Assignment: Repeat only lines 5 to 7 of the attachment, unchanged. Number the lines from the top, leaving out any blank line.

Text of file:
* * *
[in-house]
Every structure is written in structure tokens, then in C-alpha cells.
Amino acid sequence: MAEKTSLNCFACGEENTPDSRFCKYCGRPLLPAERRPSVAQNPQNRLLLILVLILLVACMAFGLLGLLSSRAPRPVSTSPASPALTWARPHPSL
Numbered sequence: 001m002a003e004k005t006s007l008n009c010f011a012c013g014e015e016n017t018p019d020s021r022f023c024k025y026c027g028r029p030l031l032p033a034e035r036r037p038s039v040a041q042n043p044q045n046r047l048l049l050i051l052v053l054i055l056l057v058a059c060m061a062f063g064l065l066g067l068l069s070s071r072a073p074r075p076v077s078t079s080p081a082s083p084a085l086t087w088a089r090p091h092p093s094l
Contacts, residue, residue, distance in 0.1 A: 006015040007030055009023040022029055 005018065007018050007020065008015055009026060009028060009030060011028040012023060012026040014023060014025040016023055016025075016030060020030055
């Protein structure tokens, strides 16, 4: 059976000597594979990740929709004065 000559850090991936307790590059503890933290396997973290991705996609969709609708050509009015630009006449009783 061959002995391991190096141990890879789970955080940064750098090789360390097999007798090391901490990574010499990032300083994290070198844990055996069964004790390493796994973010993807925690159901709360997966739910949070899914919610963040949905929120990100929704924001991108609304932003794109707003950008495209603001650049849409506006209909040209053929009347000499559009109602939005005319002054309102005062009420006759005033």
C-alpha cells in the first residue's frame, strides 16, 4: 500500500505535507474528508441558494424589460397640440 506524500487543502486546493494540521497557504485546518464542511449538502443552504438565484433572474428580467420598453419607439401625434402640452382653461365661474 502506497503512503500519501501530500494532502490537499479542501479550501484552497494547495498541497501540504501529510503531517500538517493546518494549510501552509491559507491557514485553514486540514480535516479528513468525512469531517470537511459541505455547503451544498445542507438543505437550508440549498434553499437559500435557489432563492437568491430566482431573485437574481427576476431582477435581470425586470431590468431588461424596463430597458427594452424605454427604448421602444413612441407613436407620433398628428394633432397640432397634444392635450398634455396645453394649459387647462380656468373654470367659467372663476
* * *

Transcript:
Contacts, residue, residue, distance in 0.1 A: 006015040007030055009023040022029055 005018065007018050007020065008015055009026060009028060009030060011028040012023060012026040014023060014025040016023055016025075016030060020030055
């Protein structure tokens, strides 16, 4: 059976000597594979990740929709004065 000559850090991936307790590059503890933290396997973290991705996609969709609708050509009015630009006449009783 061959002995391991190096141990890879789970955080940064750098090789360390097999007798090391901490990574010499990032300083994290070198844990055996069964004790390493796994973010993807925690159901709360997966739910949070899914919610963040949905929120990100929704924001991108609304932003794109707003950008495209603001650049849409506006209909040209053929009347000499559009109602939005005319002054309102005062009420006759005033």
C-alpha cells in the first residue's frame, strides 16, 4: 500500500505535507474528508441558494424589460397640440 506524500487543502486546493494540521497557504485546518464542511449538502443552504438565484433572474428580467420598453419607439401625434402640452382653461365661474 502506497503512503500519501501530500494532502490537499479542501479550501484552497494547495498541497501540504501529510503531517500538517493546518494549510501552509491559507491557514485553514486540514480535516479528513468525512469531517470537511459541505455547503451544498445542507438543505437550508440549498434553499437559500435557489432563492437568491430566482431573485437574481427576476431582477435581470425586470431590468431588461424596463430597458427594452424605454427604448421602444413612441407613436407620433398628428394633432397640432397634444392635450398634455396645453394649459387647462380656468373654470367659467372663476